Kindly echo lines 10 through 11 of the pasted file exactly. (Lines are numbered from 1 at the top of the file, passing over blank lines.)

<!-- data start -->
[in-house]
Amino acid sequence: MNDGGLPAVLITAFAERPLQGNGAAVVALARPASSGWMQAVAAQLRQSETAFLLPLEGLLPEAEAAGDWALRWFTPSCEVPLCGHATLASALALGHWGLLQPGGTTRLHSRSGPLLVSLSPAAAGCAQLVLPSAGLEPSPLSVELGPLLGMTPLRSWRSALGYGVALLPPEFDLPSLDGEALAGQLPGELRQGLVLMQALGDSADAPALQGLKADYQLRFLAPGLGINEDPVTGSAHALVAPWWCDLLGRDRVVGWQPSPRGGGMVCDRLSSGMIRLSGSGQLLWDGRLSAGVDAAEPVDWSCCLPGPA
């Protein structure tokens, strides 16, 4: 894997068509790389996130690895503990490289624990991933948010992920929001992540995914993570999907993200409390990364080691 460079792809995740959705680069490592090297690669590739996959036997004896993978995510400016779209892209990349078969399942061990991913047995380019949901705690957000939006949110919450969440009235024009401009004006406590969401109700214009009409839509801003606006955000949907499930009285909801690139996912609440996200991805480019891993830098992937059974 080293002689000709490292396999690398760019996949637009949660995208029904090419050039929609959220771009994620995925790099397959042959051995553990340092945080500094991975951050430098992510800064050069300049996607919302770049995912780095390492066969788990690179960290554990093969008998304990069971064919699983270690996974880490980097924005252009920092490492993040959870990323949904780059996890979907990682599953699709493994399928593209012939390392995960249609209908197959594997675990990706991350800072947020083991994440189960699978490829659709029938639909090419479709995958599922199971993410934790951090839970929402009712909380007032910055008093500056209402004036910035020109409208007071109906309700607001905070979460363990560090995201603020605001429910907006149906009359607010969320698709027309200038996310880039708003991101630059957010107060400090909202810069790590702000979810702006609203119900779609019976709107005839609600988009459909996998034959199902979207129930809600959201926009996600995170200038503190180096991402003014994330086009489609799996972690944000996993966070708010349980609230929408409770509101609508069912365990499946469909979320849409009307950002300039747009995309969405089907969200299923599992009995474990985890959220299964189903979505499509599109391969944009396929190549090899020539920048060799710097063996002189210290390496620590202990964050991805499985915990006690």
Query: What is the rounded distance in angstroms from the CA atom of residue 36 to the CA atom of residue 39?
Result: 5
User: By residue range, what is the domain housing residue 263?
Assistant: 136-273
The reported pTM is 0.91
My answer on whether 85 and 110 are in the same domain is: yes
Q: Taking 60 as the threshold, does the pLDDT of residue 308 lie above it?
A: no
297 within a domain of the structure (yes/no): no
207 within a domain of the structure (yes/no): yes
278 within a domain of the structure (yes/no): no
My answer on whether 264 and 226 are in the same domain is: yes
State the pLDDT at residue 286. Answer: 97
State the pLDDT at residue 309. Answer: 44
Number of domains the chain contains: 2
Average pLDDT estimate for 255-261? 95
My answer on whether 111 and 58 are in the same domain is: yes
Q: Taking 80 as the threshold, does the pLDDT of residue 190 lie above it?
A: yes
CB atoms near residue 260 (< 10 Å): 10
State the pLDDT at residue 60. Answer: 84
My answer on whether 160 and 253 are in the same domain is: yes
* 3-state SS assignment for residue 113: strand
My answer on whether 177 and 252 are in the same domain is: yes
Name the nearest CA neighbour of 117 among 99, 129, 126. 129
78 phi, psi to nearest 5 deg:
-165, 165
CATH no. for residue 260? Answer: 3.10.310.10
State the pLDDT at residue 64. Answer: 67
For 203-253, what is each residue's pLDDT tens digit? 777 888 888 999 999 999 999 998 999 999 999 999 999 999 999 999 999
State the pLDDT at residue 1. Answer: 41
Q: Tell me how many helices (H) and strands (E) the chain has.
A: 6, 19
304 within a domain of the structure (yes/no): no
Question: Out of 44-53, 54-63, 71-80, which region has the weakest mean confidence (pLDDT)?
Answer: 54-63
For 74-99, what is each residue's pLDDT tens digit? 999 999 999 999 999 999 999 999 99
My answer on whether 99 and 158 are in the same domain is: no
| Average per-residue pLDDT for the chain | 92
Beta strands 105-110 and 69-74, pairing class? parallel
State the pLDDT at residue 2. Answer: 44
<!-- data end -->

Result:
Q: Taking 60 as the threshold, does the pLDDT of residue 308 lie above it?
A: no